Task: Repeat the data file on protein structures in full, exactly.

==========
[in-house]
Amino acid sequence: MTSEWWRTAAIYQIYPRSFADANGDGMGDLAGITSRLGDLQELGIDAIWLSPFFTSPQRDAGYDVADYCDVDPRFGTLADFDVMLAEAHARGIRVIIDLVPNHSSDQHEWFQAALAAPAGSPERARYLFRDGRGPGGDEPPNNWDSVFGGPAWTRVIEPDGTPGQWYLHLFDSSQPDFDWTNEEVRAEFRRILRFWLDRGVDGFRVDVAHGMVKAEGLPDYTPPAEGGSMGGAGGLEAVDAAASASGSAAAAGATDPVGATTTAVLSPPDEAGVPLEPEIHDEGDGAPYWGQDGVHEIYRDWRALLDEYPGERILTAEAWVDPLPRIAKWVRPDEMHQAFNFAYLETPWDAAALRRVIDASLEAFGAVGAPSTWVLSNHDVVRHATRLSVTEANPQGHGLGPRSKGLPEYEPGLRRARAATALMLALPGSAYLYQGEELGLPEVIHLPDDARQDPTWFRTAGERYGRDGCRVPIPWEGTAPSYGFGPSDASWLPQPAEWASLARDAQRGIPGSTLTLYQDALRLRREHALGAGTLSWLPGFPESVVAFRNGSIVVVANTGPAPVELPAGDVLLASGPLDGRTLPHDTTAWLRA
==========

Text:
[in-house]
Amino acid sequence: MTSEWWRTAAIYQIYPRSFADANGDGMGDLAGITSRLGDLQELGIDAIWLSPFFTSPQRDAGYDVADYCDVDPRFGTLADFDVMLAEAHARGIRVIIDLVPNHSSDQHEWFQAALAAPAGSPERARYLFRDGRGPGGDEPPNNWDSVFGGPAWTRVIEPDGTPGQWYLHLFDSSQPDFDWTNEEVRAEFRRILRFWLDRGVDGFRVDVAHGMVKAEGLPDYTPPAEGGSMGGAGGLEAVDAAASASGSAAAAGATDPVGATTTAVLSPPDEAGVPLEPEIHDEGDGAPYWGQDGVHEIYRDWRALLDEYPGERILTAEAWVDPLPRIAKWVRPDEMHQAFNFAYLETPWDAAALRRVIDASLEAFGAVGAPSTWVLSNHDVVRHATRLSVTEANPQGHGLGPRSKGLPEYEPGLRRARAATALMLALPGSAYLYQGEELGLPEVIHLPDDARQDPTWFRTAGERYGRDGCRVPIPWEGTAPSYGFGPSDASWLPQPAEWASLARDAQRGIPGSTLTLYQDALRLRREHALGAGTLSWLPGFPESVVAFRNGSIVVVANTGPAPVELPAGDVLLASGPLDGRTLPHDTTAWLRA